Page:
In a rare move for a U.S. regulatory body, who usually get co-opted by well financed corporations, the Federal Communications Commission (FCC) says it will implement its net neutrality provisions despite objections from big telecom companies.
The objections of the telecom companies have made the regulations into a battle between making money and preserving a free and open internet for users.
On Friday the FCC issued a ruling denying a motion from trade groups USTelecom and CTIA to stay the FCC's Open Internet proceedings pending their legal challenges to the FCC order. The 'trade groups' are big lobby arms of major telecom companies including AT&T, Comcast, Verizon, Cox, Time Warner and others.
When all these arch-rivals agree on something, you know its bad for customers. The FCC seems to have felt this way too.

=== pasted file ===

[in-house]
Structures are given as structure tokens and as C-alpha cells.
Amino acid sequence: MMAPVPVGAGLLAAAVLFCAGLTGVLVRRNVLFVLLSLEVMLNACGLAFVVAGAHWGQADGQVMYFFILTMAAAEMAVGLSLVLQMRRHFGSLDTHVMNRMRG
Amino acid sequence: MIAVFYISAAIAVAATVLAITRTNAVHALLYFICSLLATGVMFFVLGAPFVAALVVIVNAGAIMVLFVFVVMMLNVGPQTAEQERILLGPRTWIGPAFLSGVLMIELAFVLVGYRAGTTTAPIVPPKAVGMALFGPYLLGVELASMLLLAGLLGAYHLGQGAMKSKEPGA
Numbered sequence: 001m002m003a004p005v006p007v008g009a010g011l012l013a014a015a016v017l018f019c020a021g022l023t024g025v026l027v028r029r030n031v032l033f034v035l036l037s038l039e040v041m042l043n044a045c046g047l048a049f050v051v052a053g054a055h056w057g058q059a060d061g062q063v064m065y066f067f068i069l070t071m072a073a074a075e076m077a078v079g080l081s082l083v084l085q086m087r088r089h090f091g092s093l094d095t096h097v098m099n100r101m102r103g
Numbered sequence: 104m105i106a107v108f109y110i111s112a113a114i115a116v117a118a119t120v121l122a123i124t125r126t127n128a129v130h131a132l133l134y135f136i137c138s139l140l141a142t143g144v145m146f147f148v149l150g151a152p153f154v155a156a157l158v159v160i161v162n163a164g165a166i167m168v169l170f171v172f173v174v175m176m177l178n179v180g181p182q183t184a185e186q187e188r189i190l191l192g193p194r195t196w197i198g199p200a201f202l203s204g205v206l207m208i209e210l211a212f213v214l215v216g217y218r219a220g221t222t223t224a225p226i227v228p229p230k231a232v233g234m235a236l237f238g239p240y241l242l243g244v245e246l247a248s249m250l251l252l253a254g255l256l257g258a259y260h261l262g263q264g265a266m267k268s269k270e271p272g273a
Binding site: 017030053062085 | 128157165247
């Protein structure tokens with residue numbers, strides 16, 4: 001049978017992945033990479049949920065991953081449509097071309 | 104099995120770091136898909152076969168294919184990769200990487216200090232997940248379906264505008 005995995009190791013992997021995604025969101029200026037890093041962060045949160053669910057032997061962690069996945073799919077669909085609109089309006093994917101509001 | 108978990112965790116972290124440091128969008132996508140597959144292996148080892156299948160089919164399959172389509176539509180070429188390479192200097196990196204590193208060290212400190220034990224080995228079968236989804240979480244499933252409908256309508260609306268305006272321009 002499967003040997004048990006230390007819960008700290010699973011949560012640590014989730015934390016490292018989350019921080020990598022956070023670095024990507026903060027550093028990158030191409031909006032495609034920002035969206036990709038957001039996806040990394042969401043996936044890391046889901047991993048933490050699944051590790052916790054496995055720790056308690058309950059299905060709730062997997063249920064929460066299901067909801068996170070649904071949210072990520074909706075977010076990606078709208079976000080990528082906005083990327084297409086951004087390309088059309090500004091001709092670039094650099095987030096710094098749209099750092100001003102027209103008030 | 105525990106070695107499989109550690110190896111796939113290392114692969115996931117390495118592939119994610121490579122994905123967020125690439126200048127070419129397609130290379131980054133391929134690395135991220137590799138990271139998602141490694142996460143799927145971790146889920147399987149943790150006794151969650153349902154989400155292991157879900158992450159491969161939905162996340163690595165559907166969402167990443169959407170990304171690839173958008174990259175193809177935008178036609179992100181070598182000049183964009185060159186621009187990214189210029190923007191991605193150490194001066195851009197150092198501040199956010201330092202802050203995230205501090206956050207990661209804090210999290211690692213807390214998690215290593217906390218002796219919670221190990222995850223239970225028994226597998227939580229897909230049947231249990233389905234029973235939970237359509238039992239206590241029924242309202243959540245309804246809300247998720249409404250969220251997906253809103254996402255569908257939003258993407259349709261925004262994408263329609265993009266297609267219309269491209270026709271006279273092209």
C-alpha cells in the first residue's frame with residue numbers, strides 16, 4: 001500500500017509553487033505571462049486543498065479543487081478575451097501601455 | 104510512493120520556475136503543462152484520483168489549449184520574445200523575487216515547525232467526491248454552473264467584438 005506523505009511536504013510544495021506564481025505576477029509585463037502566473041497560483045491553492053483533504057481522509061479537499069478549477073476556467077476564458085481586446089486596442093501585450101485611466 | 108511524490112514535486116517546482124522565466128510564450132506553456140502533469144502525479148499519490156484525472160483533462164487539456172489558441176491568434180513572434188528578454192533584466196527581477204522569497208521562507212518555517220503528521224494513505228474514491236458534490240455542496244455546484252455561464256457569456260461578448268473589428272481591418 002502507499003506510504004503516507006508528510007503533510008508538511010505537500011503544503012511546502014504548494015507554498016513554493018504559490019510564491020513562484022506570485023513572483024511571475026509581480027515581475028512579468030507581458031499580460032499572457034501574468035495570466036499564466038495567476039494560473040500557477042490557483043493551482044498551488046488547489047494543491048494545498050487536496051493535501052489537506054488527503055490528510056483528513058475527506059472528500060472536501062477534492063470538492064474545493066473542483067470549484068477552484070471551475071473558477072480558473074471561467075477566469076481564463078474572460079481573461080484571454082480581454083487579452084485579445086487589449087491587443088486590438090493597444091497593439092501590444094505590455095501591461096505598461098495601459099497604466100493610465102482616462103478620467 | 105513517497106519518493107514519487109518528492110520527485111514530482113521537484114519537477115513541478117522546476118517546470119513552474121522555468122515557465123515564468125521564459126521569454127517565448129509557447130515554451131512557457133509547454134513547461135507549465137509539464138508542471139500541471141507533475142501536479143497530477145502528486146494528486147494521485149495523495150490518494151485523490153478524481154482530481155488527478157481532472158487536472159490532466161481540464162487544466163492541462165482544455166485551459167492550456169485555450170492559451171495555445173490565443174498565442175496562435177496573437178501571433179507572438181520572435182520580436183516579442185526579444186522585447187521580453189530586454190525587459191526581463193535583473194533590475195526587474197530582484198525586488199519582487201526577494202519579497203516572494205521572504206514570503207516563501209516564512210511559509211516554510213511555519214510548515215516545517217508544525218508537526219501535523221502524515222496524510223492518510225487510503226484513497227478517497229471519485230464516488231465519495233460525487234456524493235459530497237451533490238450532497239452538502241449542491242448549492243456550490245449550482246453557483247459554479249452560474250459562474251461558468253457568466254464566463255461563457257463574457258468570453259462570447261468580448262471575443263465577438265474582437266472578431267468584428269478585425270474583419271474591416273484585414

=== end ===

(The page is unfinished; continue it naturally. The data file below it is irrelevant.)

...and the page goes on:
The decision allows the FCC to implement its Open Internet rules, including the Title II reclassification to make internet service a "common carrier" platform subject to tighter regulations.
The FCC was tasked by the White House, in what may likely be President Obama's most lasting legacy, to ensure users were protected and that rules forcing the carriers to maintain equal access have teeth.
The plan is composed three core "bright line" rules against throttling, blocking, and paid prioritization activities.
The telecom lobby did not oppose any of these measures directly, but rather was arguing on procedural grounds.
The powerful telecom industry has been, through its lobby groups, fiercely fighting the Open Internet rules.
Which means every indication is that the FCC got it right.
"Petitioners have failed to demonstrate that they are likely to succeed on the merits," the FCC said. "The Commission’s classification of fixed and mobile [broadband internet access service] as telecommunications services falls well within the Commission’s statutory authority, is consistent with Supreme Court precedent, and fully complies with the Administrative Procedure Act" it said in its ruling.
The ruling, while positive for internet users, does not mean the issue is resolved. The powerful cable lobby has filed at least eight different lawsuits in eight jurisdictions, in the hopes of overturning the legislation.